BY FLORENCE BETT
After what feels like house arrest since the State of Emergency, you finally hit the nightclub. Your baby is a year and three months now. Which means she’s not a baby any more – she’s a toddler. You are parenting a toddler.
Being a toddler means several things: it means she’s fallen into a predictable routine. It means she’s breastfeeding for fun (not for comfort and cuddles, that’s all for you). It means she’s eating bigger portions of food and clearing her plate with little fuss. (She surprised you last Saturday when she wiped that plate of omena clean then burped like a teenage boy. She was a serviette away from asking for a toothpick.) It means she’s sleeping in her bed, in her room, until dawn.
Toddler means a night out guilt-free. You got your groove back, Stella.
You stand infront of your closet and think hard about what you’ll wear to the club. Your body has changed since pregnancy then giving birth. Your breasts are bigger – less perky, more saggy; they have a certain buoyancy your padded bras can no longer contain. Your ass looks like a tabletop; flat and wide. There’s a wiggle and jiggle in your thighs when you walk, a thunder clap that scares even you. And to crown it all, you have your glorious mommy pouch. Oh, that mommy pouch. That flab that sits around your tummy – where your bump used to be – and hangs over your pelvis. Think of it like wearing a waist bag.
Right after you gave birth, you made the mistake of not tying a leso around your bump because you were worried that the tightened leso would cause your C-section stitches to burst open. You even imagined a gory scene where your insides started to leak and you had to rush to the obstetrician’s to have him fix it. Your pelvic muscles eventually lost elasticity and didn’t return taut to their place. Thus your pouch.
You’ve been hitting the gym but your personal trainer says the results won’t show until after three months of a consistent program. It’s only been a week. A goddamn week.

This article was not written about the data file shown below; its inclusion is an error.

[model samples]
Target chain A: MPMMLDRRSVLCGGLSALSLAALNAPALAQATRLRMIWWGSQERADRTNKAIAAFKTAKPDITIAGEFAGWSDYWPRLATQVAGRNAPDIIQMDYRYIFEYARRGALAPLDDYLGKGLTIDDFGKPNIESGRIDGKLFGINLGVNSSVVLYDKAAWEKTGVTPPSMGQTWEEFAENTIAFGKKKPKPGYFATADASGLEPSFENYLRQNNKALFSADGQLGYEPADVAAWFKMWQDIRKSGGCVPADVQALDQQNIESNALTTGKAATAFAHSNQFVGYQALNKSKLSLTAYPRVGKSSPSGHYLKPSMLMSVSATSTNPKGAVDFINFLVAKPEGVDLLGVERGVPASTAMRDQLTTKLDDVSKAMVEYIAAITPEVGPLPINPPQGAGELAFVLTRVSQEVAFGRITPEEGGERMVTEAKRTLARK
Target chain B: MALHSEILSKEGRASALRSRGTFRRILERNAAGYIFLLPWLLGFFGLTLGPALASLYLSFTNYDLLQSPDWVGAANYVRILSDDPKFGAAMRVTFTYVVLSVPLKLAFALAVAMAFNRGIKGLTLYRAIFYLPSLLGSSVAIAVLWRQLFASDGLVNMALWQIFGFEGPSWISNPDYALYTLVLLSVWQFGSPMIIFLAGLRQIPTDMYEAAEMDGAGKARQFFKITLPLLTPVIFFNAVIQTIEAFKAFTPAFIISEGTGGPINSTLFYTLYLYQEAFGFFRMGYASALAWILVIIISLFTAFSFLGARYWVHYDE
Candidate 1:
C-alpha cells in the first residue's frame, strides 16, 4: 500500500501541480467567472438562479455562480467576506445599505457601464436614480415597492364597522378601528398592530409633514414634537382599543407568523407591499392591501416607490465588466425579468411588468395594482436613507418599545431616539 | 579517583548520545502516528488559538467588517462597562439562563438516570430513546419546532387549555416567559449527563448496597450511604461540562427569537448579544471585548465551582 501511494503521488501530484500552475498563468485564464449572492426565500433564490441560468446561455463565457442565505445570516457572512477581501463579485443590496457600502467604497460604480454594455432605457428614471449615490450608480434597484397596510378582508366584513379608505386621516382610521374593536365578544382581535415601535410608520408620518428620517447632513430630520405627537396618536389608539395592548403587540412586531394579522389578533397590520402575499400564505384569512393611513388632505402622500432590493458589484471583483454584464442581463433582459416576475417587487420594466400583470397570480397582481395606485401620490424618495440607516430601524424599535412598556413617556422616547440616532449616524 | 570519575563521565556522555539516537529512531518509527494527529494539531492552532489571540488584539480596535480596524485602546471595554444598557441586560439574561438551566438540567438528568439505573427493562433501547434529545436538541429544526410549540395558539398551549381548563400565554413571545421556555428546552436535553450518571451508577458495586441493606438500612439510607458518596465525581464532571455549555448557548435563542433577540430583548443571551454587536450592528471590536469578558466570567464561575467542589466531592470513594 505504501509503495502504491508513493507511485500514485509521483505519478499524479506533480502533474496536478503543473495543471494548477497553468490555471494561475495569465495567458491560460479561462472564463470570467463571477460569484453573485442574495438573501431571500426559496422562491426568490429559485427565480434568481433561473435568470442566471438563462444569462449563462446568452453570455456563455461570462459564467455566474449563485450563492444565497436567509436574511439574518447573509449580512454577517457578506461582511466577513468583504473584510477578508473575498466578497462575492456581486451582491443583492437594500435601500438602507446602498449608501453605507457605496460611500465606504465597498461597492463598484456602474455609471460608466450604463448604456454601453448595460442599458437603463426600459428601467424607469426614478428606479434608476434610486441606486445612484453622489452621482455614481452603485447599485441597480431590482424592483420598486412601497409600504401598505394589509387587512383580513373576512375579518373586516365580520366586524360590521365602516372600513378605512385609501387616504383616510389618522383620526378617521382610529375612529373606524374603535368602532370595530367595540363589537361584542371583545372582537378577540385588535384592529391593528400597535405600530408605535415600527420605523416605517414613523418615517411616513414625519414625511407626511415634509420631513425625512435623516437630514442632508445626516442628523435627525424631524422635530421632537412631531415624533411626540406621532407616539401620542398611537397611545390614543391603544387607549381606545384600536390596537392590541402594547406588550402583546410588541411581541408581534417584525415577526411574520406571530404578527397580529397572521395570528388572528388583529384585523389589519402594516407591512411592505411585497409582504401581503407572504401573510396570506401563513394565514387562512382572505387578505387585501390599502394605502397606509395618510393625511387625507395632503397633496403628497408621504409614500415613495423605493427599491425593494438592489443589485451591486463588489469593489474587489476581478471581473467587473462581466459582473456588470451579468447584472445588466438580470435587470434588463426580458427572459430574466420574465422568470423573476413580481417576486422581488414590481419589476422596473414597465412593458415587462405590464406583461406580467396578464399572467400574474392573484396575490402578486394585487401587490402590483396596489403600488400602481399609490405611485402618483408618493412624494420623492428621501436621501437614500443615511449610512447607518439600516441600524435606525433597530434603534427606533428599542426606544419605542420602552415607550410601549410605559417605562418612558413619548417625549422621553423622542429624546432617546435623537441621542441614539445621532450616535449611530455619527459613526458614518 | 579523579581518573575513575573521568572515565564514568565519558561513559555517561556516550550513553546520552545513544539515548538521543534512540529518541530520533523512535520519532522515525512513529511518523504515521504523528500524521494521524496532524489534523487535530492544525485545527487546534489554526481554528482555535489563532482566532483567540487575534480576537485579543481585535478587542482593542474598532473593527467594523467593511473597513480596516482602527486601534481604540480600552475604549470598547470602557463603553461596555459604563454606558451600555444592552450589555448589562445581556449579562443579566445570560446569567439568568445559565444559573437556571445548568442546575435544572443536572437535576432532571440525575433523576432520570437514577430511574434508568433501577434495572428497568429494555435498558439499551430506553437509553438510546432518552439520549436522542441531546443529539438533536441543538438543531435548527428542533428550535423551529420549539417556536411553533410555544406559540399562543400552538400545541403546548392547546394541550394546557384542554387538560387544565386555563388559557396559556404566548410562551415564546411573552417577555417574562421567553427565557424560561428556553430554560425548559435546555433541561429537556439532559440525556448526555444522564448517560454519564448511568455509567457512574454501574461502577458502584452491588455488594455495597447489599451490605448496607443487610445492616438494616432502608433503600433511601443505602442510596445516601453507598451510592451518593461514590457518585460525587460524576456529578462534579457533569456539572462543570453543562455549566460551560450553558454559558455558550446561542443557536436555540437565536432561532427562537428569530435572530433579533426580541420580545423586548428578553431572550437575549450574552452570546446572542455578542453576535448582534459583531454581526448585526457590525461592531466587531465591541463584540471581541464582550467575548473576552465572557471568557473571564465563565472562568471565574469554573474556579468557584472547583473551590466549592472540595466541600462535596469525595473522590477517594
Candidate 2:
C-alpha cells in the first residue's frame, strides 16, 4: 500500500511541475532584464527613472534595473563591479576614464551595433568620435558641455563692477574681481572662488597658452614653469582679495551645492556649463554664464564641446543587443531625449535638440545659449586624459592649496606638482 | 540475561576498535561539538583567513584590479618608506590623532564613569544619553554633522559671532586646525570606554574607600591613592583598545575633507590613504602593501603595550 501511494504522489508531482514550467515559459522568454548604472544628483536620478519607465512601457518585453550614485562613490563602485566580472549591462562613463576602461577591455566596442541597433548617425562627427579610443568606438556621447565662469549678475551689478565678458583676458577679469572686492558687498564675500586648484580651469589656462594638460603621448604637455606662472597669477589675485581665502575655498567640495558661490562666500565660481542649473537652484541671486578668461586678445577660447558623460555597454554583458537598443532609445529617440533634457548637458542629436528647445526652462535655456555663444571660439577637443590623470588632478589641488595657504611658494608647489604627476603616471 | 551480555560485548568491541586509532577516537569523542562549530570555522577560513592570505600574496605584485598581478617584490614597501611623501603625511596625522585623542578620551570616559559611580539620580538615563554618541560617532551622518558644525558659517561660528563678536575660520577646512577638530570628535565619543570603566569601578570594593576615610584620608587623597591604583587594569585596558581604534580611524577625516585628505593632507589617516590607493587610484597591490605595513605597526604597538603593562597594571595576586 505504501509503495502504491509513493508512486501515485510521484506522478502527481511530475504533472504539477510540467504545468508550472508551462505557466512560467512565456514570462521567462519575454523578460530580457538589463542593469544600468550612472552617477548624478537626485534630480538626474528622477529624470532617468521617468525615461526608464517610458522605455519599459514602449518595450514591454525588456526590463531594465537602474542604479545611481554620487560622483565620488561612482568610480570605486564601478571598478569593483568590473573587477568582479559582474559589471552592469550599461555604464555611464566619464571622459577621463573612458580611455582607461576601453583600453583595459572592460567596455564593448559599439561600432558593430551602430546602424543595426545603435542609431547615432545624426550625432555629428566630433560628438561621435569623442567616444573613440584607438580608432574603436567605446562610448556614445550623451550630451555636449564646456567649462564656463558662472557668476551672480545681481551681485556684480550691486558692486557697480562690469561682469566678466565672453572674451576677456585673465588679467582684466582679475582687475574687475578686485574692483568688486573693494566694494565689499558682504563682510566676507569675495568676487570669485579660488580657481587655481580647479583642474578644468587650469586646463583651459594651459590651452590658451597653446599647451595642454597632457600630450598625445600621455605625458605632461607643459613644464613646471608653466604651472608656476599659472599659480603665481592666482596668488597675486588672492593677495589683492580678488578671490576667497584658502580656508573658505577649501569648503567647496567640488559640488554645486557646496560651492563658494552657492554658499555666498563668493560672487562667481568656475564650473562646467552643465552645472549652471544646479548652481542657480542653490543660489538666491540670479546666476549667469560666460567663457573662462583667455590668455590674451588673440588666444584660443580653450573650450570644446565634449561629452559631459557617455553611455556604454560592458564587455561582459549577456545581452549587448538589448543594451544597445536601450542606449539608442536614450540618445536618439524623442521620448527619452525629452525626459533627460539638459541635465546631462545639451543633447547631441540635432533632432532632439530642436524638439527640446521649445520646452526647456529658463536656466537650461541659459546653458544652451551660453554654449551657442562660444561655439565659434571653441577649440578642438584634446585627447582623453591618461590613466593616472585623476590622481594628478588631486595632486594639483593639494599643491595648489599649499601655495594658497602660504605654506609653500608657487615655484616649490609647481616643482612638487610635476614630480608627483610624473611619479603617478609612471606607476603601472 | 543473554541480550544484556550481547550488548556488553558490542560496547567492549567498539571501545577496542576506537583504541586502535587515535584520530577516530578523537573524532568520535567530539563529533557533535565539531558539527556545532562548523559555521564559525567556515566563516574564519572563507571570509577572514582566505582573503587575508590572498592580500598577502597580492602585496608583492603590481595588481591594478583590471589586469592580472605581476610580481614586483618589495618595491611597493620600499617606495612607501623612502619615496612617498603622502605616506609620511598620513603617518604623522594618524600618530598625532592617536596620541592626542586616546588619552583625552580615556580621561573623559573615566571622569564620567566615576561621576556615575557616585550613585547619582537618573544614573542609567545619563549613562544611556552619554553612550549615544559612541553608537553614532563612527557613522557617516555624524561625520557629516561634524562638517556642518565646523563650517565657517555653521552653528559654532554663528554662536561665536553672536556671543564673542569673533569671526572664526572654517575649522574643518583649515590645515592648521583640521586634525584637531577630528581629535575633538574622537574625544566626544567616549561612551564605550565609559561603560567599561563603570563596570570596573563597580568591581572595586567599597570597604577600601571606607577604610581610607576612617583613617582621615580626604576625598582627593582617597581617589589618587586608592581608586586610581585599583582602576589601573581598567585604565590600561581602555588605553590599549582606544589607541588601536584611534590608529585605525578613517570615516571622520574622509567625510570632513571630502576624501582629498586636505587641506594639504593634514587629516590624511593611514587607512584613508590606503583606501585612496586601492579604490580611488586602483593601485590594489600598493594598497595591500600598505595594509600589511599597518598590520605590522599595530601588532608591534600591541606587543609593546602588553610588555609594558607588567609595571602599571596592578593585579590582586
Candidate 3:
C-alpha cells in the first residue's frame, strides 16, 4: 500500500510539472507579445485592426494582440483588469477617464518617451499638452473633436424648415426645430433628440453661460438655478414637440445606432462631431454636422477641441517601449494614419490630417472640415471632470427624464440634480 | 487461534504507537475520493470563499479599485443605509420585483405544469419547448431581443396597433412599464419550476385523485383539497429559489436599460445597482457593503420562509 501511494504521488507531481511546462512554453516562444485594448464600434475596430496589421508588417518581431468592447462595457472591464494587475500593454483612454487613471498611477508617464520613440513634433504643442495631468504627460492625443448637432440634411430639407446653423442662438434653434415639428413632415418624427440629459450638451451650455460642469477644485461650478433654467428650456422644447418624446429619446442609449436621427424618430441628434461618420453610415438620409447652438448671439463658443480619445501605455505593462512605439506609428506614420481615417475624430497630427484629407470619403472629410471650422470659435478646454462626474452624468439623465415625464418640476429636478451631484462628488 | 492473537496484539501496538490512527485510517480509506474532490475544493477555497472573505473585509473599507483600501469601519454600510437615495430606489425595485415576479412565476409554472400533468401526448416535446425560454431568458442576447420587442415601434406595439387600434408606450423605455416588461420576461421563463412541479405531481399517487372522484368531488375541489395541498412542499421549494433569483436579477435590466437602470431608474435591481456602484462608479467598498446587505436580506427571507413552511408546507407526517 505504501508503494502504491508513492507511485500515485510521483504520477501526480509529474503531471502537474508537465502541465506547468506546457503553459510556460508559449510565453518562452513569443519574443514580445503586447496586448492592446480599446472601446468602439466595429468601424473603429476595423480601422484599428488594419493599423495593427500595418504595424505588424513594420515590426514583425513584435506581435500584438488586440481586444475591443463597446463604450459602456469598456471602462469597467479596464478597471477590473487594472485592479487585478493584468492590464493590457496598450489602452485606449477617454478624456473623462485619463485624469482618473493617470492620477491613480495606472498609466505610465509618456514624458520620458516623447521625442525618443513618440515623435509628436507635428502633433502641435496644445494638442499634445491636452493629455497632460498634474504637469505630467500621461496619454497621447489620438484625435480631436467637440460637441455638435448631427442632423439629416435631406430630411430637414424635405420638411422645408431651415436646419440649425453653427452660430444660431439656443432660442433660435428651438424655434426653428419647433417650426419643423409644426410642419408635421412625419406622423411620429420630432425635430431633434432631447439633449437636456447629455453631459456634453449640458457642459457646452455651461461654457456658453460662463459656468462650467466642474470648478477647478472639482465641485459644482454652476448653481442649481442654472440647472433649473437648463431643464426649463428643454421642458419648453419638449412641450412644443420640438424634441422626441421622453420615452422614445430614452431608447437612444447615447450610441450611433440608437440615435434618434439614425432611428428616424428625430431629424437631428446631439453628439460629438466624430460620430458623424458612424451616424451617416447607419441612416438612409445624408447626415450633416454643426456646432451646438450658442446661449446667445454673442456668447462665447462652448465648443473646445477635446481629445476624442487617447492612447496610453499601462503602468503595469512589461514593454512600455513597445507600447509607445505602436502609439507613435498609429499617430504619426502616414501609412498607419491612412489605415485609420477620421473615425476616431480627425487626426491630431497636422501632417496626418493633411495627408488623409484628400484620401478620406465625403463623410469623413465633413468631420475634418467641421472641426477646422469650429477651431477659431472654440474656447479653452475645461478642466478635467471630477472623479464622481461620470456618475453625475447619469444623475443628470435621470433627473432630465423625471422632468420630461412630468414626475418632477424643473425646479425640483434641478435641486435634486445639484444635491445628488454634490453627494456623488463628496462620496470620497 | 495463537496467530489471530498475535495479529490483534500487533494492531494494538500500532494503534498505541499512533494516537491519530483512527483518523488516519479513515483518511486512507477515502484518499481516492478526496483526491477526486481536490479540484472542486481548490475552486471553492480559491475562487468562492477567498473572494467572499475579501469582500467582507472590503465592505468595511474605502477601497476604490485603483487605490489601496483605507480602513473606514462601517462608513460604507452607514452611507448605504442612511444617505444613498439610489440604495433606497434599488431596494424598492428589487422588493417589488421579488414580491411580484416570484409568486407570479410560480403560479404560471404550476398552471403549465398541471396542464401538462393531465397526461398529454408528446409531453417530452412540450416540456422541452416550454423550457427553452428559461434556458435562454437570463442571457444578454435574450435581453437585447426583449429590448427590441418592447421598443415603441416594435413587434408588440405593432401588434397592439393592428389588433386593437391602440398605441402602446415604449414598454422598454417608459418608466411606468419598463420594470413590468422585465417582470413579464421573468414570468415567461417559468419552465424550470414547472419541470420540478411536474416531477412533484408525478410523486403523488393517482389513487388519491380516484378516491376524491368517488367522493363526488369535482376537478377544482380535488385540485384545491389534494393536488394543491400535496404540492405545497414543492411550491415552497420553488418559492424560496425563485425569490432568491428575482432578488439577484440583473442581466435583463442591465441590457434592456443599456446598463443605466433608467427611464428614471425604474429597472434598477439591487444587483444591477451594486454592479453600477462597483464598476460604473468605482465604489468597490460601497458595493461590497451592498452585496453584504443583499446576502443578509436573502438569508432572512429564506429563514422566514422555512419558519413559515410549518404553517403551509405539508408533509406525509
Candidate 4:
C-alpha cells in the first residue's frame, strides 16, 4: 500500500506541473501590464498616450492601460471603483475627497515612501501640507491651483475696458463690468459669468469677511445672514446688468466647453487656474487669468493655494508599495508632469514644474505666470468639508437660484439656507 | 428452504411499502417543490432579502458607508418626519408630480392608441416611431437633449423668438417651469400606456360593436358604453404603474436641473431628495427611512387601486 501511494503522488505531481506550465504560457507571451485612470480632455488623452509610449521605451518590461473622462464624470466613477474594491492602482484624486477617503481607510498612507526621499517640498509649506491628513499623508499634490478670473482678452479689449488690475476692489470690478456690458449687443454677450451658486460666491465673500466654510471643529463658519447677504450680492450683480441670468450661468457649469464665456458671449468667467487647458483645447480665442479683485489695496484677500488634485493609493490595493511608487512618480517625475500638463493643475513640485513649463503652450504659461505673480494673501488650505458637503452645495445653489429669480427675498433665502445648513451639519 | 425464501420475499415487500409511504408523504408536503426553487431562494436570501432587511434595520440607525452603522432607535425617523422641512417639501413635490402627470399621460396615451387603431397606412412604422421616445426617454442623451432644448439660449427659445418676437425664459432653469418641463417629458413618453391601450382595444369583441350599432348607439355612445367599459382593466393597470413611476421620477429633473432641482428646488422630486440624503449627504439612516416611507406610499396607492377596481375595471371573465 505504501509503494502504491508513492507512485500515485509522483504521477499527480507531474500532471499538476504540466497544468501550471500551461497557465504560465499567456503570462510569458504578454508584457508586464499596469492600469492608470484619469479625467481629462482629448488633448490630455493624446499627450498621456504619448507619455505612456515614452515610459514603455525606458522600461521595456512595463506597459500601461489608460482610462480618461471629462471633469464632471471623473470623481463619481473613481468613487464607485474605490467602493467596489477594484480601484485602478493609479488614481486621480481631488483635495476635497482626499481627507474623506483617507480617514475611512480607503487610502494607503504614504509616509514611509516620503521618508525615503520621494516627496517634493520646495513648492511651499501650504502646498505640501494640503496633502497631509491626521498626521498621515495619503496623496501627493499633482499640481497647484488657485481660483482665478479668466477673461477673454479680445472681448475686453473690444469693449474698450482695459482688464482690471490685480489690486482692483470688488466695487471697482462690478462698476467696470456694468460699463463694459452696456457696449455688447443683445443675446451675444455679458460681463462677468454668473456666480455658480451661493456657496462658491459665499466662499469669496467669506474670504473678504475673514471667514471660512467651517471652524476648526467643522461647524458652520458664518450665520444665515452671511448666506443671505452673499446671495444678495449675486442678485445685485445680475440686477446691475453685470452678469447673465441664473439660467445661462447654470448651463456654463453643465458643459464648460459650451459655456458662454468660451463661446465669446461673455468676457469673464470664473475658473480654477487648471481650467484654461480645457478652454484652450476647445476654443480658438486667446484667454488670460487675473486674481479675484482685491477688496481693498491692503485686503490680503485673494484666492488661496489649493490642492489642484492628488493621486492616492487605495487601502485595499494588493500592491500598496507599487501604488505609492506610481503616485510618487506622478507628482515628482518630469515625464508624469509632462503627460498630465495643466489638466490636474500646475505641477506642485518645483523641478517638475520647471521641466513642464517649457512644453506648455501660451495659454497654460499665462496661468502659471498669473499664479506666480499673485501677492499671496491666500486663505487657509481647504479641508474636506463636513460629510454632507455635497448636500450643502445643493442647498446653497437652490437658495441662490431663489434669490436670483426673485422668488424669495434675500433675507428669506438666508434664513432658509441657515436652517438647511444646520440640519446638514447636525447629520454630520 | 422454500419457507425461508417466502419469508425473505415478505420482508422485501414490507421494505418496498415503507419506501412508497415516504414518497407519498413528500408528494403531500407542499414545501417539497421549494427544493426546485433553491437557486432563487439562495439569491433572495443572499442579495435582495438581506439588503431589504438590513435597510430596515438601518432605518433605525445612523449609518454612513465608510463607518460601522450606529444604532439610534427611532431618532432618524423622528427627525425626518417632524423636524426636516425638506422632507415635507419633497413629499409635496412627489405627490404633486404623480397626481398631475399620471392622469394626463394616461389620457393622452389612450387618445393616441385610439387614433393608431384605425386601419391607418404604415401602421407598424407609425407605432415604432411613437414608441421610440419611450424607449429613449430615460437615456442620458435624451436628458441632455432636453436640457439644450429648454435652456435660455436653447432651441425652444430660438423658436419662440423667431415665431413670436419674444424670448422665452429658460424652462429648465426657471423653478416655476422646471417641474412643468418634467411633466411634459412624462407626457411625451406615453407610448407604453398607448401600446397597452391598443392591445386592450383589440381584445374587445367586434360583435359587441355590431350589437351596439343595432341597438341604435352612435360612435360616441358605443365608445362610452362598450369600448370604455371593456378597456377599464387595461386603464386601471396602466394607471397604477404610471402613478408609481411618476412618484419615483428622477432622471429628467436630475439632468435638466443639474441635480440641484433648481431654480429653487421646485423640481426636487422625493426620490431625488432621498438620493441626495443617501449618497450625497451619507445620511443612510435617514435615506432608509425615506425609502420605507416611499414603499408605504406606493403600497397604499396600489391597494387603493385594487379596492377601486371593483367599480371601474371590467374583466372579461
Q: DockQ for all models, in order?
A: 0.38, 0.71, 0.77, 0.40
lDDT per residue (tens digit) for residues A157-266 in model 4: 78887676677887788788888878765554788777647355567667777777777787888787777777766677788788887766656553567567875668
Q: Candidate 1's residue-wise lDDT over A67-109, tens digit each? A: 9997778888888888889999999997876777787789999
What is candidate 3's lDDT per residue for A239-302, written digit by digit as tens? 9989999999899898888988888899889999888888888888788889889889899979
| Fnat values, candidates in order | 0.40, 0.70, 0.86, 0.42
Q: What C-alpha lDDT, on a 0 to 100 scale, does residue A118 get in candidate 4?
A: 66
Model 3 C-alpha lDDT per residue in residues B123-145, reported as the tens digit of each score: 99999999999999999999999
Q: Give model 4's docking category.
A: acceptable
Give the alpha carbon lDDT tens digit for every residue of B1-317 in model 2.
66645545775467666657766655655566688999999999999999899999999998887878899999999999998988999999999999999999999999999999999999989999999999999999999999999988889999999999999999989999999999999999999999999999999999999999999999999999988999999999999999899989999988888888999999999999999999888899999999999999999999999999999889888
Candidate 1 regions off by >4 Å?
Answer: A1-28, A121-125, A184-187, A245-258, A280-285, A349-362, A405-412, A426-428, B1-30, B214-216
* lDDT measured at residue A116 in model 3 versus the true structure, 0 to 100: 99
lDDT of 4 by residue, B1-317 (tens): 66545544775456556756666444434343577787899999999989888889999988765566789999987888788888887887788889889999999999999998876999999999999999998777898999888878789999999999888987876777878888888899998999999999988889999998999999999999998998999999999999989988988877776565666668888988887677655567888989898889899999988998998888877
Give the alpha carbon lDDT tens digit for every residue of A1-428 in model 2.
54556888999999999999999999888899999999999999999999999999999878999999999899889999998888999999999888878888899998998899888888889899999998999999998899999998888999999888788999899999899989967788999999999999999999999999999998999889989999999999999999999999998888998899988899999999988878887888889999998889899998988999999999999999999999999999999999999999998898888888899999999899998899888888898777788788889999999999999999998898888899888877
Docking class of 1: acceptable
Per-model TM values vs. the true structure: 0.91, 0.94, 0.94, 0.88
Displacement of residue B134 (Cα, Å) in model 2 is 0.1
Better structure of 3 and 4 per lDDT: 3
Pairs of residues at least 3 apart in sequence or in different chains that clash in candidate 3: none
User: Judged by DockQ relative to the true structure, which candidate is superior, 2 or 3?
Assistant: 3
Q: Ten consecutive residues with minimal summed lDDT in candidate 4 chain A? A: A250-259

Speaking of which, in the weeks after you returned to work, you had a phase you called ‘Getting back into Society’. It was a rough phase for you: you didn’t feel confident or sexy anymore, mostly shapeless; you had painfully lost the art of conversation; you were impatient to the reality that everyone had moved on with their lives, no one had paused theirs to wait for you; you weren’t in the right frame of mind to get your writing done, mostly because you were still hormonal and because you couldn’t stop thinking about your Pumpkin you’d left at home; none of your old clothes fit like they used to; you had to wear an expressing-friendly outfit because, well, because you had to go to the Mother’s Room at some point of the day to express.
The highlight of the ‘Getting back into Society’ phase was how short the days seemed to feel – it would be 9AM, you would be at the bathroom sink brushing your teeth. You would look down into the sink to spit and gargle some water, and when you brought your head back up again, the sun had set and it was dark outside and you would be reaching for the toothpaste to start brushing your teeth again because it was 9PM.
It was an endless where-did-the-day-go cycle. An endless and frustrating cycle. That phase is long gone now but you shiver every time you think about it.
Because it’s a nightclub and because you want to feel sexy you settle for a pair of heels and tight blue jeans. But hang on, do chicks still wear jeans to the club? Will you look like you’re there for a promo, pushing product for some local low-end whisky brand? Will someone tap your shoulder on your way to the washroom and ask you to check how far their burgers are? “Madam. Excuse me, excuse me?” he’ll say, buzzed and irritated. “What’s with it today?”